Please join Garth Stevens, Brett Bowman, Gillian Eagle, & Kevin Whitehead from the Department of Psychology, School of Human and Community Development, University of the Witwatersrand, South Africa for this symposium. Tuesday, August 18th, 2015, 3:00-5:00 pm, Room 6304.01 (Psychology) The Ruse of Reconciliation? Discursive Contours, Impossibilities, and Modes of Resistance in the South African ‘Reconciliation Project’ In this symposium we interrogate the ‘reconciliation project’ in South Africa that has become embedded in the trope of the exceptional miracle and highlight the prospects and problematics of reconciliation. The symposium addresses three related arguments. We first explore forgiveness and reconciliation as a fluid discourse that has served varied socio-political functions across historical periods. Second, we examine the limitations of forgiveness and its circular impossibility, as the injunction to forgive calls on us to forgive that which is unforgiveable in the Derridean sense. Third, we argue that in the absence of social repair and with growing inequality, the historical and collective trauma of apartheid violence is drawn upon as a psychological and socio-political resource. The symposium concludes with a commentary on reconciliation as a discourse that is implicated in the constitution of relations of power, both at the level of its reproduction and resistance in South African life. Garth Stevens is a Full Professor and Clinical Psychologist in the Department of Psychology, School of Human and Community Development, at the University of the Witwatersrand in South Africa. His research focuses on race, racism and related social asymmetries; critical psychology, ideology, power and discourse; violence and its prevention; and historical/collective trauma and memory. He has published widely in these areas, including Race, memory and the apartheid archive: Towards a transformative psychosocial praxis (Palgrave Macmillan, 2013).   Brett Bowman is an Associate Professor in the Department of Psychology, School of Human and Community Development, at the University of the Witwatersrand in South Africa. His research is on the intersections of violence and social asymmetries in low-middle income countries. His current research examines how risks for violence translate into its enactments. He has published widely and contributed to the World Bank’s Diseases and mortality in Sub-Saharan Africa: Violence prevention in low- and middle income countries and the World Health Organization’s Violence and health in the WHO African region.   Gillian Eagle is a Full Professor of Psychology in the School of Human and Community Development at the University of the Witwatersrand in South Africa, and a Clinical Psychologist. She conducts research on socio-cultural, historical and political aspects of trauma and violence, focusing on the inter-relationship between the socio-political and intra-individual domains of human experience. Her 2010 co-authored book, Traumatic stress in South Africa, has re-invigorated the construct, continuous traumatic stress, and she co-edited a 2013 special issue of Peace and Conflict: The Journal of Peace Psychology on this topic.   Kevin Whitehead is an Associate Professor in the Department of Psychology, School of Human and Community Development, at the University of the Witwatersrand in South Africa. His current research involves applying ethnomethodological and conversation analytic approaches to embodied action-in-interaction in order to examine how violent encounters unfold in situ. He has published methodological and empirical research articles in a range of international journals including Social Psychology Quarterly, British Journal of Social Psychology, Research on Language and Social Interaction, Discourse& Society, and Ethnic and Racial Studies, amongst many others.   Co-Sponsors: Critical Psychology Cluster (PhD Programs in Critical Social/Personality Psychology and Environmental Psychology); PhD Programs in Psychology, Sociology, and Geography; Africana Studies; The Center for Place, Culture, and Politics; Committee on Globalization and Social Change; The Public Science Project; The Center for Human Environments; and The Center for the Humanities, Graduate Center, CUNY   This event is free and open to the public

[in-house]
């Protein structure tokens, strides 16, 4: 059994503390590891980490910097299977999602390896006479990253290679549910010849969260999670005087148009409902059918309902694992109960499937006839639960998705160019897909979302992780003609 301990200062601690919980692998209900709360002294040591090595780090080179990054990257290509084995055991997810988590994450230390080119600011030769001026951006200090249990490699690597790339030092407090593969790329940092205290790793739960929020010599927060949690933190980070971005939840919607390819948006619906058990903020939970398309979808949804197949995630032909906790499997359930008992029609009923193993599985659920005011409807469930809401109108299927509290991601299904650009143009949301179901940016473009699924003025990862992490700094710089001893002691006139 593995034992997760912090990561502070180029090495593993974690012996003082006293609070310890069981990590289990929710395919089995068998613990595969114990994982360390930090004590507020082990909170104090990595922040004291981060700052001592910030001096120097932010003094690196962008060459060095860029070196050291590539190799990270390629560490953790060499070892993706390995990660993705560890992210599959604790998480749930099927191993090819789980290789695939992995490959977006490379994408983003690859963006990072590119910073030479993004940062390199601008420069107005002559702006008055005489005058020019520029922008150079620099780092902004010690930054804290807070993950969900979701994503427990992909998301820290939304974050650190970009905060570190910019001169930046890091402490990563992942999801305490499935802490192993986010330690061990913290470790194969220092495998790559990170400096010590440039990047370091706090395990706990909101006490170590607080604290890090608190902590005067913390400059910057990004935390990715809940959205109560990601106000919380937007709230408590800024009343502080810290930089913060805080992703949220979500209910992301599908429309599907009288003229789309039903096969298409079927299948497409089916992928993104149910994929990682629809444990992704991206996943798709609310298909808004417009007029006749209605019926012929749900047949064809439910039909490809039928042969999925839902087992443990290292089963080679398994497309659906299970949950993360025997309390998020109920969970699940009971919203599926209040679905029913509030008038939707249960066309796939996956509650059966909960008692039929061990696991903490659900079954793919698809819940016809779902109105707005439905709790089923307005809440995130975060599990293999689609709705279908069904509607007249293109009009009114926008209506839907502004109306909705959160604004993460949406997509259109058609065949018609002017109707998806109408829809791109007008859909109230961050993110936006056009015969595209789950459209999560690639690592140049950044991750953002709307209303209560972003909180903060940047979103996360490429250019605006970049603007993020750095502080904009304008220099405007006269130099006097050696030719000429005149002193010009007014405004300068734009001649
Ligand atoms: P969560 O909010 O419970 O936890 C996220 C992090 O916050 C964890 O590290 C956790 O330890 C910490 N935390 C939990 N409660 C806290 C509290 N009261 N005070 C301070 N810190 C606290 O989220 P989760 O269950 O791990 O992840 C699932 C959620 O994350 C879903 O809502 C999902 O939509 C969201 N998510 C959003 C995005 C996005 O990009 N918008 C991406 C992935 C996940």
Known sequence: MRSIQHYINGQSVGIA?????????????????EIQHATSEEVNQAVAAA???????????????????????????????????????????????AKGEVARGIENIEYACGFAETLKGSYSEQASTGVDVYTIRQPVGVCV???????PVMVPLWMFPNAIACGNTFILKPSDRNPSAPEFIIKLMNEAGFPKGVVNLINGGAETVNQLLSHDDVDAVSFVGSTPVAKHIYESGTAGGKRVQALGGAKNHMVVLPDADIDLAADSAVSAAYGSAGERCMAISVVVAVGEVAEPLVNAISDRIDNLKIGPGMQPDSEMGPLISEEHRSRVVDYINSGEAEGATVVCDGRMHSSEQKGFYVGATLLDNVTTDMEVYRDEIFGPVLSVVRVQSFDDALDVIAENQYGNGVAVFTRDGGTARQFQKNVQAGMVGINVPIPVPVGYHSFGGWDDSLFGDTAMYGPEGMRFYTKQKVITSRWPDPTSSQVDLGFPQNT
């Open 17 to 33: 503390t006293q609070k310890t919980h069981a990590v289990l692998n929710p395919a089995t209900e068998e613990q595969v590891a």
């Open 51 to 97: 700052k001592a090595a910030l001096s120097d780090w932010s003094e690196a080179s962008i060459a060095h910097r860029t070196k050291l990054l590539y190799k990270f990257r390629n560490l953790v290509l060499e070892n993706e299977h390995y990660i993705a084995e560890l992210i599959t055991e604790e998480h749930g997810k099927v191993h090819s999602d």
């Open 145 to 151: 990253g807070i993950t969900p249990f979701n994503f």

France Through Post-Colony

Mayanthi Fernando (Assistant Professor of Anthropology at University of California Santa Cruz) “France is my Bled’: The Unpredictable Future of Impolite Citizenship” and Yarimar Bonilla (Assistant Professor of Anthropology at Rutgers University) “Non-Sovereign Futures? French Caribbean Politics in the Wake of Disenchantment”

In discussion with: Tony Alessandrini, English, Kingsborough Community College Vincent Crapanzano, Distinguished Professor, Comparative Literature and Anthropology at the CUNY Graduate Center

Kaiama L. Glover, Associate Professor, Department of French and the Africana Studies Program, Barnard College, Columbia University Judith Surkis, Associate Professor, Department of History, The School of Arts and Sciences, Rutgers University

Friday, March 8th, 2013

CUNY Graduate Center, Room 5109